Strong currents have taken hold of a massive Antarctic iceberg that is on a collision course with South Georgia island, causing it to shift direction and lose a major chunk of mass, a scientist tracking its journey said on Friday.
As the iceberg, dubbed A68A, approached the western shelf edge of the south Atlantic island this week, it encountered strong currents, causing it to pivot nearly 180 degrees, according to Geraint Tarling, a biological oceanographer with the British Antarctic Survey.
“You can almost imagine it as a handbrake turn for the iceberg because the currents were so strong,” Tarling said.
That was when the iceberg appeared to clip the shelf edge, and caused a large piece to break apart. That new piece is an iceberg in its own right and already has a name: A68D.
Scientists have been watching for weeks as the massive iceberg, last measured at 4,200 sq km, rode a fast-track current towards the island.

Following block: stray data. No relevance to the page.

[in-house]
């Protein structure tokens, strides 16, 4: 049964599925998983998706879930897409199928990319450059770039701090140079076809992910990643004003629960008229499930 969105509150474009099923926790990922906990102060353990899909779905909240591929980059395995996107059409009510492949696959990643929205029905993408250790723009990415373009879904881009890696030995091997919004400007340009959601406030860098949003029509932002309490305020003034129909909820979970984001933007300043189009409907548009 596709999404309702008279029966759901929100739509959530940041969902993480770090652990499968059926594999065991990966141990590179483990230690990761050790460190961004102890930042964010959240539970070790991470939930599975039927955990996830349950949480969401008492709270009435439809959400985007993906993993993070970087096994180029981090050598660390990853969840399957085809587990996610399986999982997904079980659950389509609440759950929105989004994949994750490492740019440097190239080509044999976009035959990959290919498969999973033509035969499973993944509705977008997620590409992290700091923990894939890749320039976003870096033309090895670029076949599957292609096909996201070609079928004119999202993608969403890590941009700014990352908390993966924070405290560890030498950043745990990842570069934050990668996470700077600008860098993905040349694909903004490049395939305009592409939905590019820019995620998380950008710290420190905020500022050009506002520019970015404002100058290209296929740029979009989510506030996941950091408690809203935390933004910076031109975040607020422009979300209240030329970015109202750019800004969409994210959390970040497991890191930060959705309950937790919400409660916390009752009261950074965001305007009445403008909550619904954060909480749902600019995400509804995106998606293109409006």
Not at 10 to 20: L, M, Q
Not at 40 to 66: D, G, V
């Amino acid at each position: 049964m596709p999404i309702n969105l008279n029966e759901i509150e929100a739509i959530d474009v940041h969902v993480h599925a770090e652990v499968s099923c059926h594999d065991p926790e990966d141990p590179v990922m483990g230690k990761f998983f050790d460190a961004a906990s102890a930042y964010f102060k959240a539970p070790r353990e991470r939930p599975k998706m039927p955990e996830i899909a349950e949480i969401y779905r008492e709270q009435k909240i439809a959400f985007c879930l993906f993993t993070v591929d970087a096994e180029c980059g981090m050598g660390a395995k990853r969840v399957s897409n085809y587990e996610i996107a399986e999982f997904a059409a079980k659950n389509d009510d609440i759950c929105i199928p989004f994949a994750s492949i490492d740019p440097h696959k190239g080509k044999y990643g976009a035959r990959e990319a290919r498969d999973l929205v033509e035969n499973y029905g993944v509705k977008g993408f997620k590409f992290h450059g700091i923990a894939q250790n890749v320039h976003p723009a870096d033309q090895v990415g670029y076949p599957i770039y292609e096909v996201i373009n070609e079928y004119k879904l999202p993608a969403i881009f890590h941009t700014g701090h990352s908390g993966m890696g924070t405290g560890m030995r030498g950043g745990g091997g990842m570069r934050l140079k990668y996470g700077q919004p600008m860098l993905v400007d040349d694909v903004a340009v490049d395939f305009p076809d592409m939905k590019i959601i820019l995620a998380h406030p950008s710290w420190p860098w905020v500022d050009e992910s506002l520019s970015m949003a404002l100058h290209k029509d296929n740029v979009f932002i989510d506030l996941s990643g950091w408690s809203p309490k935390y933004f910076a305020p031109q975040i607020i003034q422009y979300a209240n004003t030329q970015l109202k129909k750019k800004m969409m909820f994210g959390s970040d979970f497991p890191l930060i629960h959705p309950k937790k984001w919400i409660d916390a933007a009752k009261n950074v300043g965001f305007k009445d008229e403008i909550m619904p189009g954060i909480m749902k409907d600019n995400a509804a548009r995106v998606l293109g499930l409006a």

Researchers feared that, as the iceberg closed in on the wildlife-rich island, it could grind into the seabed, disrupting underwater ecosystems. They were also worried that it might block penguins making their way into the sea for food.
As of Friday, the original A68A iceberg was about 50km (31 miles) from the island’s west coast. It appeared, however, to be heading south-east towards another current that would probably carry it away from the shelf edge before sweeping it back around toward the island’s eastern shelf area.
That means it could still cause an environmental disaster for local wildlife, but along the island’s eastern coast rather than the south-west.
“All of those things can still happen, nothing has changed in that regard,” Tarling said.
The new smaller iceberg, A68D, is moving further away from the original. Scientists don’t yet know if it will follow the same path, or become lodged somewhere else on the shelf. An estimate of A68D’s size was unavailable.
Scientists had predicted some chunks could break away from A68A as it approached the island, and more breakage is possible.
A68A broke off from the Antarctic peninsula in 2017.